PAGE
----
Time: 103 Minutes
Chris Pine as James Harper
Ben Foster as Mike Hawkins
Gillian Jacobs as Brianne Harper
Eddie Marsan as Virgil
J. D. Pardo as Eric
Kiefer Sutherland as Rusty Jennings
Florian Munteanu as Kauffman
Director: Tarik Saleh
Involuntarily discharged from the Army, a special forces sergeant lands a contract with a private underground military force. When his very first assignment goes awry, the elite soldier finds himself hunted and on the run, caught in a dangerous conspiracy and fighting to stay alive long enough to get home and uncover the true motives of those who betrayed him.
I saw The Contractor advertised on Amazon Prime, it looked to be a military thriller starring Chris Pine. Having watched it, it definitely felt like a streaming movie, but I was entertained nonetheless.
The script and story are fairly average; if you’ve seen a passable military action thriller (especially a streaming exclusive), then you’ve probably already seen The Contractor. The opening half hour is a bit slow, but it does well in setting up the lead character and showing why he decides to take on a particular job. It also has probably the only thing that distinguishes it from other movies of this genre, as it highlights how veterans are treated by the US military and attempts to tackle some issues about private military organisations. However, by the end it has forgotten about those and becomes another standard action movie. The story isn’t that interesting and is very predictable, not helped by the slogging pacing. The characters aren’t that developed and don’t have the emotional depth needed. I will say that I do appreciate how surprisingly solemn the tone was. Also, whereas a lot of these types of military movies put things on a large scale, The Contractor is comparatively small scale and mostly focuses on Chris Pine trying to survive. While I didn’t care for the story, it was okay enough that I was willing to pay attention to what was happening. The third act is fine and entertaining enough, but it felt like they ran out of ideas and needed to formulate some predictable climax. The ending itself also ends a bit too abruptly.
The cast are definitely the highlight of the movie. Chris Pine is very solid in the lead role, he carries much of the film. He certainly puts everything in this and helps to make his character feel more vulnerable and relatable. The rest of the cast deliver on their parts too. Ben Foster is quite good as well, even if he’s underutilised, and he and Pine (who co-starred in Hell or High Water) share convincing chemistry. Other actors like Gillian Jacobs, Eddie Marsan and Kiefer Sutherland also work in their screentime, but they are a little underserved. Gillian Jacobs is limited to just being ‘the wife character’, and Kiefer Sutherland’s villain (not much of a twist, it is easy to see coming) doesn’t get enough screentime to land an impression. Eddie Marsan’s scenes are some of the best scenes in the movie, but unfortunately he isn’t in the movie all that much.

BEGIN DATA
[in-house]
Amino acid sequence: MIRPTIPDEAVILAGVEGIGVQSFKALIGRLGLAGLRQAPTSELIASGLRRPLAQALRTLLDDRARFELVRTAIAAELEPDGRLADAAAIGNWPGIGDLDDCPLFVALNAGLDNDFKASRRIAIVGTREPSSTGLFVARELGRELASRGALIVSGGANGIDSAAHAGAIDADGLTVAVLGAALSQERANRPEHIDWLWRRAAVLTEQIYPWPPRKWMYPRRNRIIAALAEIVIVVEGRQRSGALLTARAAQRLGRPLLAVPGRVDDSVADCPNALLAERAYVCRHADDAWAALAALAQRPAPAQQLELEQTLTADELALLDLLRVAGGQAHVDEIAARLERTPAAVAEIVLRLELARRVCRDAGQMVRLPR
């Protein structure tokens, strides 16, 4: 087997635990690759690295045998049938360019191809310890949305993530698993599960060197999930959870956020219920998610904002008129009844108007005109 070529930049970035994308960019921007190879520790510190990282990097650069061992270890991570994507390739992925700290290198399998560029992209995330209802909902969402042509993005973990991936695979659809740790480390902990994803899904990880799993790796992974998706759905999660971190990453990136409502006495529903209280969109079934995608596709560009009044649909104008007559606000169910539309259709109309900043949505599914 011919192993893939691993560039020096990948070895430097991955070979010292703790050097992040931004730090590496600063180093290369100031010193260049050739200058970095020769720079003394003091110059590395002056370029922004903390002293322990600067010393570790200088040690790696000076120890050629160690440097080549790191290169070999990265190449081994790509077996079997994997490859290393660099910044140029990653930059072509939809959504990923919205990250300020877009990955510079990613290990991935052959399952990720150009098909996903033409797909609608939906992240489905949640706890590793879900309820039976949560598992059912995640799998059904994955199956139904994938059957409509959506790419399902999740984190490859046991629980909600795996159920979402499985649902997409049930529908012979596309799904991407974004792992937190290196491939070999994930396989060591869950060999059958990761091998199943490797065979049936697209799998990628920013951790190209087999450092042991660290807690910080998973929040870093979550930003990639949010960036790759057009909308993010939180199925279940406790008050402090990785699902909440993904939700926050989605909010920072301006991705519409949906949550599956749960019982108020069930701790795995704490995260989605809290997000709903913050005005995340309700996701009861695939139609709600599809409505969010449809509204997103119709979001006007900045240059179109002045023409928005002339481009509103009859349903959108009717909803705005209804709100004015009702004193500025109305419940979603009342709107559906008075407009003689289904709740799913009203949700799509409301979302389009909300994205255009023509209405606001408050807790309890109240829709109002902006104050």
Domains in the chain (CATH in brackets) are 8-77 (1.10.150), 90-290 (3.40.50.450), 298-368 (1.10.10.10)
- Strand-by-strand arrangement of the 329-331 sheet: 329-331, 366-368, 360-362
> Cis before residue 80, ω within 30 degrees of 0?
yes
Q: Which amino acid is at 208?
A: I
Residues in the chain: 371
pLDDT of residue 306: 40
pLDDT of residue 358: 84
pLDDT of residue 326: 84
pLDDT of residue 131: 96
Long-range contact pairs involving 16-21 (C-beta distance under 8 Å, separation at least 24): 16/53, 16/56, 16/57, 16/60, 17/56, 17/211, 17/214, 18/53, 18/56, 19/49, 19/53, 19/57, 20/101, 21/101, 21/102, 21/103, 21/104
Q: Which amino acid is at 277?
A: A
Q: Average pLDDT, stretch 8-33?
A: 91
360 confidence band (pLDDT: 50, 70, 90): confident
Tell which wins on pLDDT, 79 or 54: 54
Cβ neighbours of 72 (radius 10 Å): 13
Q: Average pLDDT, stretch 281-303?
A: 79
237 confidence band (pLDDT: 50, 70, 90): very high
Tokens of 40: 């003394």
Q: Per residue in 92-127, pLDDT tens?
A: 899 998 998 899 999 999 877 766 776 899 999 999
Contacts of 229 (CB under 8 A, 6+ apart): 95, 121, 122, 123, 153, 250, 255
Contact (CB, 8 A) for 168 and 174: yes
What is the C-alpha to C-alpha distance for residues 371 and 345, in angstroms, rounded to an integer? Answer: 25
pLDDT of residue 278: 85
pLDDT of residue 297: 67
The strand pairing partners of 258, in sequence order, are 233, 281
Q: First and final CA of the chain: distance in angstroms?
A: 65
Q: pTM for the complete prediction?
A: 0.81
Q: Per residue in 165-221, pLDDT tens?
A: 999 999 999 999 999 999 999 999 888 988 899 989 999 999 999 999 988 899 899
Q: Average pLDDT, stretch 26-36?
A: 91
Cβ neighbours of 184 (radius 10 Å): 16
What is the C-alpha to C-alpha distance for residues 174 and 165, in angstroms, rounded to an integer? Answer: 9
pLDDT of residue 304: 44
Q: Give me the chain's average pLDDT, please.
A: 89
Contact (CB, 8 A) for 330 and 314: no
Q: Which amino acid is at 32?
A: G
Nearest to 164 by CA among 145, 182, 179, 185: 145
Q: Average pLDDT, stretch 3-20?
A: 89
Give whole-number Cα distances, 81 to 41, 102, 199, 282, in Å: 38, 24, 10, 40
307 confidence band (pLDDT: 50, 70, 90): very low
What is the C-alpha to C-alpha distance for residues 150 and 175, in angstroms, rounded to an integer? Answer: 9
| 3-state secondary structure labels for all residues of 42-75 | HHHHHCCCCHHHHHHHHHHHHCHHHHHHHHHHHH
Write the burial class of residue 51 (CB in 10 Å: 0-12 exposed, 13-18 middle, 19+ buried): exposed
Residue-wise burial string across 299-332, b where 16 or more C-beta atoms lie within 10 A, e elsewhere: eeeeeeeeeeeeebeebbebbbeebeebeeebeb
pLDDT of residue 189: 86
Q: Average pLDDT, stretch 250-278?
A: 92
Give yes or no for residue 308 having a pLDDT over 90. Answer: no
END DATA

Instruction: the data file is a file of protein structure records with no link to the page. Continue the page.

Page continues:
Direction wise, The Contractor is competently made. The cinematography is very basic, but the locations are pretty good, especially in Berlin. The action is solid too, with the firefights and fighting scenes being handled well. The editing did take away from the action and they could’ve used less cuts, but I wouldn’t say its as bad as in some other action movies. These sequences aren’t anything you haven’t seen before, yet are nonetheless entertaining enough to watch. The score from Alex Belcher also works for the movie, albeit isn’t anything special.
Despite its potential, The Contractor is a generic and forgettable military action thriller, mostly let down by the average script. However, I did enjoy watching the movie; I liked the action and the cast are quite good, especially Chris Pine.